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Storrs McCall
McGill University
  1. A Model of the Universe.Storrs McCall - 1994 - Philosophical Quarterly 47 (186):113-115.
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  2.  88
    The Dappled World: A Study of the Boundaries of Science.Storrs Mccall - 2003 - Mind 112 (445):99-106.
  3. Objective time flow.Storrs McCall - 1976 - Philosophy of Science 43 (3):337-362.
    A theory of temporal passage is put forward which is "objective" in the sense that time flow characterizes the universe independently of the existence of conscious beings. The theory differs from Grunbaum's "mind-dependence" theory, and is designed to avoid Grunbaum's criticisms of an earlier theory of Reichenbach's. The representation of temporal becoming is accomplished by the introduction of indeterministic universe-models; each model representing the universe at a time. The models depict the past as a single four-dimensional manifold, and the future (...)
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  4. Model of the Universe.Storrs McCall - 1996 - Oxford and New York: Oxford University Press UK.
    Storrs McCall presents an original philosophical theory of the nature of the universe based on a striking new model of its space- time structure. He shows how his model illuminates a broad range of subjects, including causation, probability, quantum mechanics, identity, and free will, and argues that the fact that the model throws light on such a large number of problems constitutes strong evidence that the universe is as the model portrays it.
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  5.  90
    Connexive implication.Storrs Mccall - 1966 - Journal of Symbolic Logic 31 (3):415-433.
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  6.  65
    Polish logic.Storrs McCall (ed.) - 1967 - Oxford,: Clarendon P..
  7. 3D/4D equivalence, the twins paradox and absolute time.Storrs McCall & E. J. Lowe - 2002 - Analysis 63 (2):114–123.
    The thesis of 3D/4D equivalence states that every three-dimensional description of the world is translatable without remainder into a four-dimensional description, and vice versa. In representing an object in 3D or in 4D terms we are giving alternative descriptions of one and the same thing, and debates over whether the ontology of the physical world is "really" 3D or 4D are pointless. The twins paradox is shown to rest, in relativistic 4D geometry, on a reversed law of triangle inequality. But (...)
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  8. The supervenience of truth: freewill and omniscience.Storrs McCall - 2011 - Analysis 71 (3):501-506.
  9. The 3d/4d controversy: A storm in a teacup.Storrs McCall & E. J. Lowe - 2006 - Noûs 40 (3):570–578.
  10.  36
    Aristotle's modal syllogisms.Storrs McCall - 1963 - Amsterdam,: North-Holland Pub. Co..
    This work has been selected by scholars as being culturally important and is part of the knowledge base of civilization as we know it. This work is in the public domain in the United States of America, and possibly other nations. Within the United States, you may freely copy and distribute this work, as no entity has a copyright on the body of the work. Scholars believe, and we concur, that this work is important enough to be preserved, reproduced, and (...)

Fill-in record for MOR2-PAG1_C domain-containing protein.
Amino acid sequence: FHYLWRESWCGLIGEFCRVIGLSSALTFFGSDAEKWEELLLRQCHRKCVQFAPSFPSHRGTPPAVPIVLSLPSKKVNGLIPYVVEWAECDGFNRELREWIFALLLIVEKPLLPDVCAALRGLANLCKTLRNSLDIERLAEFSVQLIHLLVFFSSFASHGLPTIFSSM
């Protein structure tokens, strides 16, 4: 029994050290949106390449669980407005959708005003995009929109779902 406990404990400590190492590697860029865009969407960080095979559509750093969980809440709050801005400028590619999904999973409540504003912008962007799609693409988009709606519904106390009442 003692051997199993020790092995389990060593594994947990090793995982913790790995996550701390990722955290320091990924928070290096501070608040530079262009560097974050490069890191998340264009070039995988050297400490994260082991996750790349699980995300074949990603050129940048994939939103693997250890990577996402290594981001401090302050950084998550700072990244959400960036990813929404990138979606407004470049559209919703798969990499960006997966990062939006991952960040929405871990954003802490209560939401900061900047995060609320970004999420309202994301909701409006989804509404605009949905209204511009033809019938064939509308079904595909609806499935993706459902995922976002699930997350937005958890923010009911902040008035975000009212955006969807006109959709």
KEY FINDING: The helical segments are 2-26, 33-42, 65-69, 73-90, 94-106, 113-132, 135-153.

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  11.  79
    A Model of the Universe: Space-Time, Probability and Decision.Richard Feist & Storrs McCall - 1995 - Philosophical Review 104 (4):632.
    The title alone of McCall’s book reveals its ambitious enterprise. The book’s structure is a long inference to the best explanation: chapters present problems that are solved by a single, ontological model. Problems as diverse as time flow, quantum measurement, counterfactual semantics, and free will are discussed. McCall’s style of writing is lucid and pointed—in general, very pleasant to read.
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  12. Polish Logic 1920-1939.Storrs Mccall - 1970 - Revue Philosophique de la France Et de l'Etranger 160:495-495.
     
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  13. God’s lottery.Storrs McCall & D. M. Armstrong - 1989 - Analysis 49 (4):223 - 224.
  14. The definition of endurance.Storrs McCall & E. J. Lowe - 2009 - Analysis 69 (2):277-280.
    David Lewis, following in the tradition of Broad, Quine and Goodman, says that change in an object X consists in X's being temporally extended and having qualitatively different temporal parts. Analogously, change in a spatially extended object such as a road consists in its having different spatial parts . The alternative to this view is that ordinary objects undergo temporal change in virtue of having different intrinsic non-relational properties at different times. They endure, remaining the same object throughout change, whereas (...)
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  15.  5
    The 3D/4D Controversy: A Storm in a Teacup.E. J. Lowe & Storrs McCall - 2006 - Noûs 40 (3):570-578.
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  16. Connexive implication and the syllogism.Storrs McCall - 1967 - Mind 76 (303):346-356.
  17.  23
    Indeterminist Free Will.Storrs McCall & E. J. Lowe - 2007 - Philosophy and Phenomenological Research 70 (3):681-690.
    The aim of the paper is to prove the consistency of libertarianism. We examine the example of Jane, who deliberates at length over whether to vacation in Colorado (C) or Hawaii (H), weighing the costs and benefits, consulting travel brochures, etc. Underlying phenomenological deliberation is an indeterministic neural process in which nonactual motor neural states n(C) and n(H) corresponding to alternatives C and H remain physically possible up until the moment of decision. The neurophysiological probabilities pr(n(C)) and pr(n(H)) evolve continuously (...)